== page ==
We felt these questions from a lady who'd purchased a saddle second-hand Vogue SoftTree saddle, and Heather's answers would be helpful for others too:
Could someone refresh for me the way the Vogue saddle works ... in respect to fitting the horse. What I was told was because the materials are all soft, and despite the fact that the channel is very narrow when it's new, that 1) as the saddle warms up it will "settle down" around the horse, leaving no pressure points and 2) after a certain number of rides it will kind of stretch out, so that the channel between the panels will get wider.Is this correct? Is it what's supposed to happen? I haven't put a lot of rides on my Vogue yet, as have been told the panels will be pinching her withers, and they do seem not soft enough to actually "settle down around" my mare's wither, back, and shoulder. Although I accepted the rep's description when I bought the saddle, I now can't see how it's actually going to work?How is the heat from the horse's back going to travel up through the saddle pad, panels, and leather bottom of the saddle so that the leather bottom part will soften, stretch, and settle around the horse?How much will the panels really soften? Are they soft enough to be sitting on the horse's spine and not cause discomfort? (they do sit on her spine, as the channel is so very narrow and her spine is wide).
Answers from Heather Moffett:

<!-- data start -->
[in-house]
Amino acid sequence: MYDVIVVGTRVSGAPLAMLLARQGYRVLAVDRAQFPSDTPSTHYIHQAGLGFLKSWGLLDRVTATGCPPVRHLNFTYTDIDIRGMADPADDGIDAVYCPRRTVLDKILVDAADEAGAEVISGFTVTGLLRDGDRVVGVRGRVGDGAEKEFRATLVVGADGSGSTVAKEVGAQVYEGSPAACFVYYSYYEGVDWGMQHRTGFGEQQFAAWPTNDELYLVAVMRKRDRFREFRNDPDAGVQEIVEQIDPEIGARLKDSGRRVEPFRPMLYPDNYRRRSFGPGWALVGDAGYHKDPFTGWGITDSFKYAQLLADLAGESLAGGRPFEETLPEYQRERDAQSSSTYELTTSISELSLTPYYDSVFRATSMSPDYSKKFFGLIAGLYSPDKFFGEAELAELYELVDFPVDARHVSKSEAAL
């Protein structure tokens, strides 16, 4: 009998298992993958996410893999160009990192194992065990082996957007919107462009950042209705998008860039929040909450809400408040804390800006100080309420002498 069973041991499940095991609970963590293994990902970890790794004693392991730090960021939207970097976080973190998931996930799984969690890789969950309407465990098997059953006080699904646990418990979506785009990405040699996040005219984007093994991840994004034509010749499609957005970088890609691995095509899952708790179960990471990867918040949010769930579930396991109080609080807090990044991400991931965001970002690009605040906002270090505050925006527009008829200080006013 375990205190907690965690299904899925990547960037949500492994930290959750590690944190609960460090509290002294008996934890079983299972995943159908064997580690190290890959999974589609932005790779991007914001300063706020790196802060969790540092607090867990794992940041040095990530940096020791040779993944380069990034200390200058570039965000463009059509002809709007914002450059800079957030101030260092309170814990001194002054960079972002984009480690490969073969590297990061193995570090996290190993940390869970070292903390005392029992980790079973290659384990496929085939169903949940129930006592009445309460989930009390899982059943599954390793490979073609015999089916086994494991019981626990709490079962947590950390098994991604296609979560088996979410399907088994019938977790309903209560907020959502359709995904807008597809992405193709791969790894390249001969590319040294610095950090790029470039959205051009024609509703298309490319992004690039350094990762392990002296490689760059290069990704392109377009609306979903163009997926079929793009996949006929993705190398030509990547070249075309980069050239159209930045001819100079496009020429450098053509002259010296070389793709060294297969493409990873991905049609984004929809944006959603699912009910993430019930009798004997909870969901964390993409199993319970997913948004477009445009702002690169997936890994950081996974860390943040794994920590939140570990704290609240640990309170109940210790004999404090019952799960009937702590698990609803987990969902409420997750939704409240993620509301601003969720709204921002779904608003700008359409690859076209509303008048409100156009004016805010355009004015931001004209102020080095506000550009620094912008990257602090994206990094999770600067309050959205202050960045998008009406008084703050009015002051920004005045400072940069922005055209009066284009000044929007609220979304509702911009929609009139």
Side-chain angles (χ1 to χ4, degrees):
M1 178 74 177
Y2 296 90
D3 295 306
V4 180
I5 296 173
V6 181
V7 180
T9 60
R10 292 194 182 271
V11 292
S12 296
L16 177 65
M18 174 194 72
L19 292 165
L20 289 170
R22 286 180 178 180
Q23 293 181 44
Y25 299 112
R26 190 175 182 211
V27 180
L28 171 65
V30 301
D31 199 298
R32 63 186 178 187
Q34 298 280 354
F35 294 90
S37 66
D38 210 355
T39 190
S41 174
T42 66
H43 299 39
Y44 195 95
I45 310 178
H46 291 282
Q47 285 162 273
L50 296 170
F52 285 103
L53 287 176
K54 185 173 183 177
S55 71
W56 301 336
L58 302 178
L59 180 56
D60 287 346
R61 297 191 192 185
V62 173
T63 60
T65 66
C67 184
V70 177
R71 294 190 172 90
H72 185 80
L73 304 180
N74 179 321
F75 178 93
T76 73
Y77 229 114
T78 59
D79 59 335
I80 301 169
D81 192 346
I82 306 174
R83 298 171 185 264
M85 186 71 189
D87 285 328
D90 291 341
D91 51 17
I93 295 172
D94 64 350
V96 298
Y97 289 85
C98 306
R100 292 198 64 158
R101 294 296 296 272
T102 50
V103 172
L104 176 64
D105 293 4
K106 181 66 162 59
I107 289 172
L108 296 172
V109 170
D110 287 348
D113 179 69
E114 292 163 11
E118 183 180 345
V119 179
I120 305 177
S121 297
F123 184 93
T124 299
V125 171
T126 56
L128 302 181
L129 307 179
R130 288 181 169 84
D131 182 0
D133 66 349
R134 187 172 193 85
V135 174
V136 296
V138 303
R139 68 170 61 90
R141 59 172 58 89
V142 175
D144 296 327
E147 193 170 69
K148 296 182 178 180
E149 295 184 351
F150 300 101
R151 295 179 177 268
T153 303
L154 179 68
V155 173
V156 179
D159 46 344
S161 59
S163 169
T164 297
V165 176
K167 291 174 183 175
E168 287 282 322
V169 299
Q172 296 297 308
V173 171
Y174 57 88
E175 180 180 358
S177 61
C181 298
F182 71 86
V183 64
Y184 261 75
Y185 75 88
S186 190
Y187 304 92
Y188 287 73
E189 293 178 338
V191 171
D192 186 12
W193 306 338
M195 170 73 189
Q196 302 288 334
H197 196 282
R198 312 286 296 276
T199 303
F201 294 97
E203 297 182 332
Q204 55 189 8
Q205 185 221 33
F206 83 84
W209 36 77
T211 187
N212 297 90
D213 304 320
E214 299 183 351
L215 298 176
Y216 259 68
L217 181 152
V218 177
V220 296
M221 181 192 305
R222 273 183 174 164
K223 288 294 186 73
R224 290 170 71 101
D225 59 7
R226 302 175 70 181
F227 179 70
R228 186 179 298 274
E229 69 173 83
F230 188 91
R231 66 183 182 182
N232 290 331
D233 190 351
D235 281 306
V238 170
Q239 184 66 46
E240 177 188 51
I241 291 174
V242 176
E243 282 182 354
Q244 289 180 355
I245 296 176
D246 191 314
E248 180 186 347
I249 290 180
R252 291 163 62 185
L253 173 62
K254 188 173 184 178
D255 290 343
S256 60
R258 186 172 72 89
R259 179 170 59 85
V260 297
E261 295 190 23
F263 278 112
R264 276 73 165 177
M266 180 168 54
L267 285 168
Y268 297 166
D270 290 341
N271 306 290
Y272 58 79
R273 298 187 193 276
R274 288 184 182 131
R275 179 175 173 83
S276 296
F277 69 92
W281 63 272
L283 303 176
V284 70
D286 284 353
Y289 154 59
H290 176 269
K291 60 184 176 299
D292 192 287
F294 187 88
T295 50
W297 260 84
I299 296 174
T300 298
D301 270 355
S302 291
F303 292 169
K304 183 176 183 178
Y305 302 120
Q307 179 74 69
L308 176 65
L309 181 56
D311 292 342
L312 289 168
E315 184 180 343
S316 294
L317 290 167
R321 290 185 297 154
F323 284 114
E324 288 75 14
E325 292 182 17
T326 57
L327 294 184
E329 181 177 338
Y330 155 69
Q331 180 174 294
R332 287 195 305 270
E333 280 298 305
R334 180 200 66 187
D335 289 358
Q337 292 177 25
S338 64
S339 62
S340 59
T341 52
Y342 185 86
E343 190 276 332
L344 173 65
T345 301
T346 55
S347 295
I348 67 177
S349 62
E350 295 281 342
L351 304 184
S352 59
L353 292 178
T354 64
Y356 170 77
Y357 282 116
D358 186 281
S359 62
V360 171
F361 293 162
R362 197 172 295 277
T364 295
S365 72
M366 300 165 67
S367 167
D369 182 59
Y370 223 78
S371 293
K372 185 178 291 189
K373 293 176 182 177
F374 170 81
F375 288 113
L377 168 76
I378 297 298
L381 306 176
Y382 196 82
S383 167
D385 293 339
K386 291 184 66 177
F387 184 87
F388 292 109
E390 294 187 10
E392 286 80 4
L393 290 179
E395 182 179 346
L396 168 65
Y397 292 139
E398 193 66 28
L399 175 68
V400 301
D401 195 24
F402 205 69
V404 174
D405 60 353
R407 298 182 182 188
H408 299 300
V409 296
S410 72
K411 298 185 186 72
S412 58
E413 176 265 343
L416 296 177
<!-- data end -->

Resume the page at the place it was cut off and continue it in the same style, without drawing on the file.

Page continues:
My own horses have been ridden in the saddles since youngsters. The oldest, a Lusitano retired with Cushings and a suspensory problem, is rising 23 and his cousin, now 22, is still in regular high level classical dressage work; as is my 13 yr old PRE is also working at advanced level.As a classical dressage trainer first and foremost, I design saddles that permit the horse to move as freely as possible and to enable the rider to sit in the correct position with ease and in comfort. A rider wriggling around with sore Seatbones will unbalance the horse!I designed and had made treed saddles for many years before turning to treeless and worked with some of the top saddlers in Walsall, the last, for 10 years, being Barrie Swain. Barrie hated the fashion for wide gullets as he said quite correctly, that muscle is strongest at its point of attachment to the bone, and having a wide gullet or channel as you term it, reduces the weight bearing surface of the panel considerably. The saddles have been on the market since 2003 in their earliest form and many horses have been ridden from being backed into their old age in the same saddle. My 22 yr old is in the saddle I put him in when the Vogue first came out. It is now 12 years old. My horses backs are never sore, they have absolutely no atrophy even at 22 yrs, and I would certainly not use them on my horses if they were injuring them! I am at the forefront of the anti rollkur campaign and involved in the anti soring campaign in the USA.Let me assure you that my vocation has always been to help horses, in developing ways of teaching riding to make the rider as little a burden for the horse as possible, not to contribute to hurting them! I hope this reassured you, but the saddle - I presume it was second hand? - does need appropriate balancing or padding where necessary, and was designed by me to enable this. I do remote fitting by email and photos, so contact me if you need more help.